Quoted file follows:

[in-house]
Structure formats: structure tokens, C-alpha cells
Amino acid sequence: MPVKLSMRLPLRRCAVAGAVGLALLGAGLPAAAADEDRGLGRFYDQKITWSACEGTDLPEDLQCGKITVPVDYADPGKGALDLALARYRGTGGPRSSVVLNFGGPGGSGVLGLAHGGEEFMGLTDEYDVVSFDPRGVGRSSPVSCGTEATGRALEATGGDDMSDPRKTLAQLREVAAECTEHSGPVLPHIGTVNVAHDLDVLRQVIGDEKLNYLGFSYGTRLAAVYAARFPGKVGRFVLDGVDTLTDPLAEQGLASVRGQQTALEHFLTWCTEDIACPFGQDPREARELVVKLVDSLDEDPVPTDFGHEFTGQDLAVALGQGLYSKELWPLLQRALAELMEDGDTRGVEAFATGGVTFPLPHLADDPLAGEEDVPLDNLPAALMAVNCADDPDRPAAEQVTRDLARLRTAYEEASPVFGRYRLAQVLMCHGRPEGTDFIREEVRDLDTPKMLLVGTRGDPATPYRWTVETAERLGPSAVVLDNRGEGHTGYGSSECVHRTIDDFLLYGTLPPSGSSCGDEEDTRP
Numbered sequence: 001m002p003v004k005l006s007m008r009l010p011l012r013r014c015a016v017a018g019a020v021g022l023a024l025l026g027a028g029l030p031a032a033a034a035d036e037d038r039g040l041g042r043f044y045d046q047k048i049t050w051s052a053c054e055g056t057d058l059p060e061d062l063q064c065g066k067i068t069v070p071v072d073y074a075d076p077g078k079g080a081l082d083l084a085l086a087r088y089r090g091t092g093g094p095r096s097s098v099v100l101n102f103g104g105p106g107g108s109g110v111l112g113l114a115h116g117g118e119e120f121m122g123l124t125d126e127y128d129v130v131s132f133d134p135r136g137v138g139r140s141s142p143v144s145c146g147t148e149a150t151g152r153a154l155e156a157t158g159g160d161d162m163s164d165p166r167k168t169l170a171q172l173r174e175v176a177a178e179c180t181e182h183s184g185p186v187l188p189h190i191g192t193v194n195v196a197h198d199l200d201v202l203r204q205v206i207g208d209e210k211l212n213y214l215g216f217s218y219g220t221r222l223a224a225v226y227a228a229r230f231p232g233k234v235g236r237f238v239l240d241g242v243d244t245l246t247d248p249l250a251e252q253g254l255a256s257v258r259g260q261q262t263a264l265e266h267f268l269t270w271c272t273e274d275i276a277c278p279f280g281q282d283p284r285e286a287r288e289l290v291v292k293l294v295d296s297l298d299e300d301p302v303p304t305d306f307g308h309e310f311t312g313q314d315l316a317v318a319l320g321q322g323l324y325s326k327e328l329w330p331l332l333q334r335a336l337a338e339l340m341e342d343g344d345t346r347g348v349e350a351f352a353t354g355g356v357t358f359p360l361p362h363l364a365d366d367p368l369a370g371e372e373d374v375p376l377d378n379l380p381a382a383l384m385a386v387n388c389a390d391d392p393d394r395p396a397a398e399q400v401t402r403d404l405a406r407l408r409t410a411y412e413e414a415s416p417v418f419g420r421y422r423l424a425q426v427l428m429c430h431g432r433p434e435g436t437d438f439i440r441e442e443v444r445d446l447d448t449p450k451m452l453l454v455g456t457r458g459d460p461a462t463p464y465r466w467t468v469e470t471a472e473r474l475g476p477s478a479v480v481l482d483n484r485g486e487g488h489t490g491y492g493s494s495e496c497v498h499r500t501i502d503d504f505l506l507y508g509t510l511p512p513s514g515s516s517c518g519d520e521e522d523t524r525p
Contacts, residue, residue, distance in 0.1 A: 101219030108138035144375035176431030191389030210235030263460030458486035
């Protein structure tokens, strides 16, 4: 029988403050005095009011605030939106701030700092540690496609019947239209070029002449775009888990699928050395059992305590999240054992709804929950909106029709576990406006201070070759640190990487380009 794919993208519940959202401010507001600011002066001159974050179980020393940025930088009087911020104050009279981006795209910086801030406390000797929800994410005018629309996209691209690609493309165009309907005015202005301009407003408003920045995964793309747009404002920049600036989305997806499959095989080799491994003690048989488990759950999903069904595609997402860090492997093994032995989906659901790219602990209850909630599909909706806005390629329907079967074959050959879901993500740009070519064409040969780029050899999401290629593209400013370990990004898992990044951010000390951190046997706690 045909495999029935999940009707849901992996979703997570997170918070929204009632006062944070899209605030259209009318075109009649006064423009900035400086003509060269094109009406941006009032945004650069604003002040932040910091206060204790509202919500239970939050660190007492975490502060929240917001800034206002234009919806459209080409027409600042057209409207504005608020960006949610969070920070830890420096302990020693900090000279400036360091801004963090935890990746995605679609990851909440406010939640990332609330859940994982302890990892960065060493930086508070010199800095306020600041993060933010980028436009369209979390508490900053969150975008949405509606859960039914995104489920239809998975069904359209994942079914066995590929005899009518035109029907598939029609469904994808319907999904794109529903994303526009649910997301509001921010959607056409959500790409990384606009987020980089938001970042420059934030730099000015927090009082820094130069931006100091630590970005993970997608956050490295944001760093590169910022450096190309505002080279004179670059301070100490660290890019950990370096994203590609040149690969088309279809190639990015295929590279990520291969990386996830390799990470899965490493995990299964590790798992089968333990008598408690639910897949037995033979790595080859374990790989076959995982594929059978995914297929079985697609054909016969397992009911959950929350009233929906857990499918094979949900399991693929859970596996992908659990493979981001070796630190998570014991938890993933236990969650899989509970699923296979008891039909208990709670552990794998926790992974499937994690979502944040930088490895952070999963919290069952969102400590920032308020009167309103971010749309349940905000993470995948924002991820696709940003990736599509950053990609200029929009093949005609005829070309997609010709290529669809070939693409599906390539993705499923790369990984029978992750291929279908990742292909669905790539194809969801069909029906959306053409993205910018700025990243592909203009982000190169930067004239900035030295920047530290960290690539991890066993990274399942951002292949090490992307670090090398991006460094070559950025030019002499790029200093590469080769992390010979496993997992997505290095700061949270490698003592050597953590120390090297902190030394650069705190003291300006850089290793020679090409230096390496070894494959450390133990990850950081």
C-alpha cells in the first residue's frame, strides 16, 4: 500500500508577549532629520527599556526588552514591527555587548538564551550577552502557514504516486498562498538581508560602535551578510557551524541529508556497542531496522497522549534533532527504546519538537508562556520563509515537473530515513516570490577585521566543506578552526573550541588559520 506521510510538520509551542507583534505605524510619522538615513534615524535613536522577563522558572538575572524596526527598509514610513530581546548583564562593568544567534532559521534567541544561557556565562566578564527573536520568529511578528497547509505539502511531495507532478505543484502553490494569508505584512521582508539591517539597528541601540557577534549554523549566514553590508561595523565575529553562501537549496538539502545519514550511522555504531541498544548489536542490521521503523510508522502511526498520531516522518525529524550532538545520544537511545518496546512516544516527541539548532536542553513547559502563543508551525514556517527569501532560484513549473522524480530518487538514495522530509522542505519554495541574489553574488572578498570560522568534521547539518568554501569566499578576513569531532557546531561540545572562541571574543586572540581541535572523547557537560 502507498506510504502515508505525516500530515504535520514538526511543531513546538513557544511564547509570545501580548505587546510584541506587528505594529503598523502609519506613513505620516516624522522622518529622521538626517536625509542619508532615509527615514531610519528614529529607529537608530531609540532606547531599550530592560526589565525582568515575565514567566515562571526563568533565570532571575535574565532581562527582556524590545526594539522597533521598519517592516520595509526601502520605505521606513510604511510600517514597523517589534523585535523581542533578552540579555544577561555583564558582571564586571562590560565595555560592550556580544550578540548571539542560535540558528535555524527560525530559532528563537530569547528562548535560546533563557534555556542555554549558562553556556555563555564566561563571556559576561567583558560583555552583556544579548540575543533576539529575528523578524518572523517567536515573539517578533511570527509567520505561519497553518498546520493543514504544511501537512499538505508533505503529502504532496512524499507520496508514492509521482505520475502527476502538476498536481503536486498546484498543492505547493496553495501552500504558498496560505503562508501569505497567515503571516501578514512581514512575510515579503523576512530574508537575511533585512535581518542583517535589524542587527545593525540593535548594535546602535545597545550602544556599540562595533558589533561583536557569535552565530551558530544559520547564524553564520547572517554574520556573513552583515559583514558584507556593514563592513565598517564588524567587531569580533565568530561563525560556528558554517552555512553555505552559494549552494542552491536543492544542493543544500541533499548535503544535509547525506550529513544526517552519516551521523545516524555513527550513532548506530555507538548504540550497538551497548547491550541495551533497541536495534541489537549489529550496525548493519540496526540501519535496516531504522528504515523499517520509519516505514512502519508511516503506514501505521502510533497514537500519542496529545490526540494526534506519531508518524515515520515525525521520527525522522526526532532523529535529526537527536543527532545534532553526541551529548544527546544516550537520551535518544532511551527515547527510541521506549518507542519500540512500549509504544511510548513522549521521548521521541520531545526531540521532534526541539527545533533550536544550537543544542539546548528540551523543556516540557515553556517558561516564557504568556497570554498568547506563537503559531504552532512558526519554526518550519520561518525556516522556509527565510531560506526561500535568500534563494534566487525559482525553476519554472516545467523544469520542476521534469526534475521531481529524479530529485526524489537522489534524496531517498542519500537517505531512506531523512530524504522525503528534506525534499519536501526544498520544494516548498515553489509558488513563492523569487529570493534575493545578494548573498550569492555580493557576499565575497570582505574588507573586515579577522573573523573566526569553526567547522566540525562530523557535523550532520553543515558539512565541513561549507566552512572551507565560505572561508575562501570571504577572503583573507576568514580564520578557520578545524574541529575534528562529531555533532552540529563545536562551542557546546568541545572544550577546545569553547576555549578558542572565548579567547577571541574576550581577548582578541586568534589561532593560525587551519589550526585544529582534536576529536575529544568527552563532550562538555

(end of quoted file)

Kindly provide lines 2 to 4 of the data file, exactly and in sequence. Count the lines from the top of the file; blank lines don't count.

Structure formats: structure tokens, C-alpha cells
Amino acid sequence: MPVKLSMRLPLRRCAVAGAVGLALLGAGLPAAAADEDRGLGRFYDQKITWSACEGTDLPEDLQCGKITVPVDYADPGKGALDLALARYRGTGGPRSSVVLNFGGPGGSGVLGLAHGGEEFMGLTDEYDVVSFDPRGVGRSSPVSCGTEATGRALEATGGDDMSDPRKTLAQLREVAAECTEHSGPVLPHIGTVNVAHDLDVLRQVIGDEKLNYLGFSYGTRLAAVYAARFPGKVGRFVLDGVDTLTDPLAEQGLASVRGQQTALEHFLTWCTEDIACPFGQDPREARELVVKLVDSLDEDPVPTDFGHEFTGQDLAVALGQGLYSKELWPLLQRALAELMEDGDTRGVEAFATGGVTFPLPHLADDPLAGEEDVPLDNLPAALMAVNCADDPDRPAAEQVTRDLARLRTAYEEASPVFGRYRLAQVLMCHGRPEGTDFIREEVRDLDTPKMLLVGTRGDPATPYRWTVETAERLGPSAVVLDNRGEGHTGYGSSECVHRTIDDFLLYGTLPPSGSSCGDEEDTRP
Numbered sequence: 001m002p003v004k005l006s007m008r009l010p011l012r013r014c015a016v017a018g019a020v021g022l023a024l025l026g027a028g029l030p031a032a033a034a035d036e037d038r039g040l041g042r043f044y045d046q047k048i049t050w051s052a053c054e055g056t057d058l059p060e061d062l063q064c065g066k067i068t069v070p071v072d073y074a075d076p077g078k079g080a081l082d083l084a085l086a087r088y089r090g091t092g093g094p095r096s097s098v099v100l101n102f103g104g105p106g107g108s109g110v111l112g113l114a115h116g117g118e119e120f121m122g123l124t125d126e127y128d129v130v131s132f133d134p135r136g137v138g139r140s141s142p143v144s145c146g147t148e149a150t151g152r153a154l155e156a157t158g159g160d161d162m163s164d165p166r167k168t169l170a171q172l173r174e175v176a177a178e179c180t181e182h183s184g185p186v187l188p189h190i191g192t193v194n195v196a197h198d199l200d201v202l203r204q205v206i207g208d209e210k211l212n213y214l215g216f217s218y219g220t221r222l223a224a225v226y227a228a229r230f231p232g233k234v235g236r237f238v239l240d241g242v243d244t245l246t247d248p249l250a251e252q253g254l255a256s257v258r259g260q261q262t263a264l265e266h267f268l269t270w271c272t273e274d275i276a277c278p279f280g281q282d283p284r285e286a287r288e289l290v291v292k293l294v295d296s297l298d299e300d301p302v303p304t305d306f307g308h309e310f311t312g313q314d315l316a317v318a319l320g321q322g323l324y325s326k327e328l329w330p331l332l333q334r335a336l337a338e339l340m341e342d343g344d345t346r347g348v349e350a351f352a353t354g355g356v357t358f359p360l361p362h363l364a365d366d367p368l369a370g371e372e373d374v375p376l377d378n379l380p381a382a383l384m385a386v387n388c389a390d391d392p393d394r395p396a397a398e399q400v401t402r403d404l405a406r407l408r409t410a411y412e413e414a415s416p417v418f419g420r421y422r423l424a425q426v427l428m429c430h431g432r433p434e435g436t437d438f439i440r441e442e443v444r445d446l447d448t449p450k451m452l453l454v455g456t457r458g459d460p461a462t463p464y465r466w467t468v469e470t471a472e473r474l475g476p477s478a479v480v481l482d483n484r485g486e487g488h489t490g491y492g493s494s495e496c497v498h499r500t501i502d503d504f505l506l507y508g509t510l511p512p513s514g515s516s517c518g519d520e521e522d523t524r525p